Three-Levels of Logic Implementation of the Carry Lookahead (restricted fan-in)

Computer Arithmetic


Delay optimized cla lee oklobdzija 911

Delay Optimized CLA: Lee-Oklobdzija ‘91

Delay: Three-level BCLA

Delay: Two-level BCLA

Computer Arithmetic


Delay optimized cla lee oklobdzija 912

Delay Optimized CLA: Lee-Oklobdzija ‘91

(a.) 2-level BCLA D=8.5nS (b.) 3-level BCLA D=8.9nS

Computer Arithmetic


Ling s adder

Ling’s Adder

Huey Ling, “High-Speed Binary Adder”

IBM Journal of Research and Development, Vol.5, No.3, 1981.

Used in: IBM 3033, IBM 168, Amdahl V6, HP etc.


Ling s derivations

ai

bi

ci+1

ci

si

Ling’s Derivations

define:

gi implies Ci+1 which implies Hi+1 , thus: gi= gi Hi+1

Computer Arithmetic


Ling s derivations1

Ling’s Derivations

From:

and

because:

fundamental expansion

Now we need to derive Sum equation

Computer Arithmetic


Ling adder

Ling Adder

Ling’s equations:

Variation of CLA:

Ling, IBM J. Res. Dev, 5/81

Computer Arithmetic


Ling adder1

Ling Adder

Ling’s equation:

Variation of CLA:

Ling uses different transfer function.

Four of those functions have desired

properties (Ling’s is one of them)

see: Doran, IEEE Trans on Comp. Vol 37, No.9 Sept. 1988.

Computer Arithmetic


Ling adder2

Ling Adder

Conventional:

Fan-in of 5

Ling:

Fan-in of 4

Computer Arithmetic


Advantages of ling s adder

Advantages of Ling’s Adder

  • Uniform loading in fan-in and fan-out

  • H16 contains 8 terms as compared to G16 that contains 15.

  • H16 can be implemented with one level of logic (in ECL), while G16 can not.

    (Ling’s adder takes full advantage of wired-OR, of special importance when ECL technology is used)

Computer Arithmetic


Vlsi arithmetic lecture 5

VLSI ArithmeticLecture 5

Prof. Vojin G. Oklobdzija

University of California

http://www.ece.ucdavis.edu/acsel


Review1

Review

Lecture 4


Ling s adder1

Ling’s Adder

Huey Ling, “High-Speed Binary Adder”

IBM Journal of Research and Development, Vol.5, No.3, 1981.

Used in: IBM 3033, IBM S370/168, Amdahl V6, HP etc.


Ling s derivations2

ai

bi

ci+1

ci

si

Ling’s Derivations

define:

gi implies Ci+1 which implies Hi+1 , thus: gi= gi Hi+1

Computer Arithmetic


Ling s derivations3

Ling’s Derivations

From:

and

because:

fundamental expansion

Now we need to derive Sum equation

Computer Arithmetic


Ling adder3

Ling Adder

Ling’s equations:

Variation of CLA:

Ling, IBM J. Res. Dev, 5/81

Computer Arithmetic


Ling adder4

ai-1

ai

bi-1

bi

ci+1

ci-1

ci

si-1

si

Hi+1

Hi

gi, ti

gi-1, ti-1

Ling Adder

Ling’s equation:

Variation of CLA:

Ling uses different transfer function.

Four of those functions have desired

properties (Ling’s is one of them)

see: Doran, IEEE Trans on Comp. Vol 37, No.9 Sept. 1988.

Computer Arithmetic


Ling adder5

Ling Adder

Conventional:

Fan-in of 5

Ling:

Fan-in of 4

Computer Arithmetic


Advantages of ling s adder1

Advantages of Ling’s Adder

  • Uniform loading in fan-in and fan-out

  • H16 contains 8 terms as compared to G16 that contains 15.

  • H16 can be implemented with one level of logic (in ECL), while G16 can not (with 8-way wire-OR).

    (Ling’s adder takes full advantage of wired-OR, of special importance when ECL technology is used - his IBM limitation was fan-in of 4 and wire-OR of 8)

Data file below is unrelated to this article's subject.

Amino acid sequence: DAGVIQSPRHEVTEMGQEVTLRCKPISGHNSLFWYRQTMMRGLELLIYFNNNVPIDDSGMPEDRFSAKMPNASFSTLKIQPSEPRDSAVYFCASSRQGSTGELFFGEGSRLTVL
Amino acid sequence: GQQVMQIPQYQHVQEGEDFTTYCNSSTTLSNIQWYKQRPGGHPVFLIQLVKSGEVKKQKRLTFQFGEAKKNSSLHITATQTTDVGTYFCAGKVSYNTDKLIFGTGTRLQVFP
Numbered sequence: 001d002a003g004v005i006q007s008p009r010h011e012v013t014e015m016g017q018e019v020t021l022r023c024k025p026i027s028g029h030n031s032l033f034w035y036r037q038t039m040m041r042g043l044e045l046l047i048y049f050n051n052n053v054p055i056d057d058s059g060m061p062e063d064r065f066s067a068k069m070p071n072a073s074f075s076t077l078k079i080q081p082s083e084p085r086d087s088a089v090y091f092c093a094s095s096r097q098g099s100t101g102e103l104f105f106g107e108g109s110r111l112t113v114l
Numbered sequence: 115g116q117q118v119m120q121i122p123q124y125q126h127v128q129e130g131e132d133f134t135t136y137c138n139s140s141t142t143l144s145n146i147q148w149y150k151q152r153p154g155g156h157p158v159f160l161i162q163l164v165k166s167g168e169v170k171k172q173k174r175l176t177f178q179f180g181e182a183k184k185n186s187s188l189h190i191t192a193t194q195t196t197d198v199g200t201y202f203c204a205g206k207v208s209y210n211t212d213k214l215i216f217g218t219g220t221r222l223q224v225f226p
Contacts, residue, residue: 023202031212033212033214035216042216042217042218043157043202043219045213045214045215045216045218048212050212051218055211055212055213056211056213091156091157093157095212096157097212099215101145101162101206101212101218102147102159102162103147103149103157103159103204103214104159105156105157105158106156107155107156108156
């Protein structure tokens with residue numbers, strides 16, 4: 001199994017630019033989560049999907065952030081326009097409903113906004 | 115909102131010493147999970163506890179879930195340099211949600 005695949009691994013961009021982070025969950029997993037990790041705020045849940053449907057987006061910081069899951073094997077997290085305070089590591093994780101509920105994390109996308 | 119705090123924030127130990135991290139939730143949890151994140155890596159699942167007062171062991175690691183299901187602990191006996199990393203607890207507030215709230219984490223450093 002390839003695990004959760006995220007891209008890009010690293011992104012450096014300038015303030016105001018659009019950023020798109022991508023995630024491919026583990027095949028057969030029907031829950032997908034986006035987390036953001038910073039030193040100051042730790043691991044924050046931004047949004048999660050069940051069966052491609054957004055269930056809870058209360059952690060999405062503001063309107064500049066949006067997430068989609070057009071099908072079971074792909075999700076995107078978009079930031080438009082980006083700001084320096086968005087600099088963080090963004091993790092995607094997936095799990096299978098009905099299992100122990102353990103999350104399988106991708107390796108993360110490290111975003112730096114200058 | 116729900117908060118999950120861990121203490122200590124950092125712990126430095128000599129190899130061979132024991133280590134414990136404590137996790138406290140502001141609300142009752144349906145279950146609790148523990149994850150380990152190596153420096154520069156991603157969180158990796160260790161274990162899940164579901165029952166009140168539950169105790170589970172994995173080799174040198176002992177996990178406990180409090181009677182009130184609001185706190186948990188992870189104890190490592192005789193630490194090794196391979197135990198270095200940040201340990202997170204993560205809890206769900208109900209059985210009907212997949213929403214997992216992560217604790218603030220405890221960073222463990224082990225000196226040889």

Computer Arithmetic


Ling weinberger notes

Ling: Weinberger Notes

Computer Arithmetic


Ling weinberger notes1

Ling: Weinberger Notes

Computer Arithmetic


Ling weinberger notes2

Ling: Weinberger Notes

Computer Arithmetic


Advantage of ling s adder

Advantage of Ling’s Adder

  • 32-bit adder used in: IBM 3033, IBM S370/ Model168, Amdahl V6.

  • Implements 32-bit addition in 3 levels of logic

  • Implements 32-bit AGEN: B+Index+Disp in 4 levels of logic (rather than 6)

  • 5 levels of logic for 64-bit adder used in HP processor

Computer Arithmetic


Implementation of ling s adder in cmos s naffziger a subnanosecond 64 b adder isscc 96

Implementation of Ling’s Adder in CMOS(S. Naffziger, “A Subnanosecond 64-b Adder”, ISSCC ‘ 96)

Computer Arithmetic


Vlsi arithmetic adders multipliers

S. Naffziger, ISSCC’96

Computer Arithmetic


Vlsi arithmetic adders multipliers

S. Naffziger, ISSCC’96

Computer Arithmetic


Vlsi arithmetic adders multipliers

S. Naffziger, ISSCC’96

Computer Arithmetic


Vlsi arithmetic adders multipliers

S. Naffziger, ISSCC’96

Computer Arithmetic


Vlsi arithmetic adders multipliers

S. Naffziger, ISSCC’96

Computer Arithmetic


Vlsi arithmetic adders multipliers

S. Naffziger, ISSCC’96

Computer Arithmetic


Vlsi arithmetic adders multipliers

S. Naffziger, ISSCC’96

Computer Arithmetic


Vlsi arithmetic adders multipliers

S. Naffziger, ISSCC’96

Computer Arithmetic


Vlsi arithmetic adders multipliers

S. Naffziger, ISSCC’96

Computer Arithmetic


Vlsi arithmetic adders multipliers

S. Naffziger, ISSCC’96

Computer Arithmetic


Vlsi arithmetic adders multipliers

S. Naffziger, ISSCC’96

Computer Arithmetic


Ling adder critical path

Ling Adder Critical Path

Computer Arithmetic


Ling adder circuits

Ling Adder: Circuits

Computer Arithmetic


Lcs4 critical g path

LCS4 – Critical G Path

Computer Arithmetic


Lcs4 logical effort delay

LCS4 – Logical Effort Delay

Computer Arithmetic


Results

Results:

  • 0.5u Technology

  • Speed: 0.930 nS

  • Nominal process, 80C, V=3.3V

See: S. Naffziger, “A Subnanosecond 64-b Adder”, ISSCC ‘ 96

Computer Arithmetic


Prefix adders and parallel prefix adders

Prefix Addersand Parallel Prefix Adders


Vlsi arithmetic adders multipliers

from: Ercegovac-Lang

Computer Arithmetic


Prefix adders

Prefix Adders

Following recurrence operation is defined:

(g, p)o(g’,p’)=(g+pg’, pp’)

such that:

(g0, p0)

i=0

Gi, Pi =

(gi, pi)o(Gi-1, Pi-1 )

1 ≤ i ≤ n

ci+1 = Gi

for i=0, 1, ….. n

(g-1, p-1)=(cin,cin)

c1 = g0+ p0 cin

This operation is associative, but not commutative

It can also span a range of bits (overlapping and adjacent)

Computer Arithmetic


Vlsi arithmetic adders multipliers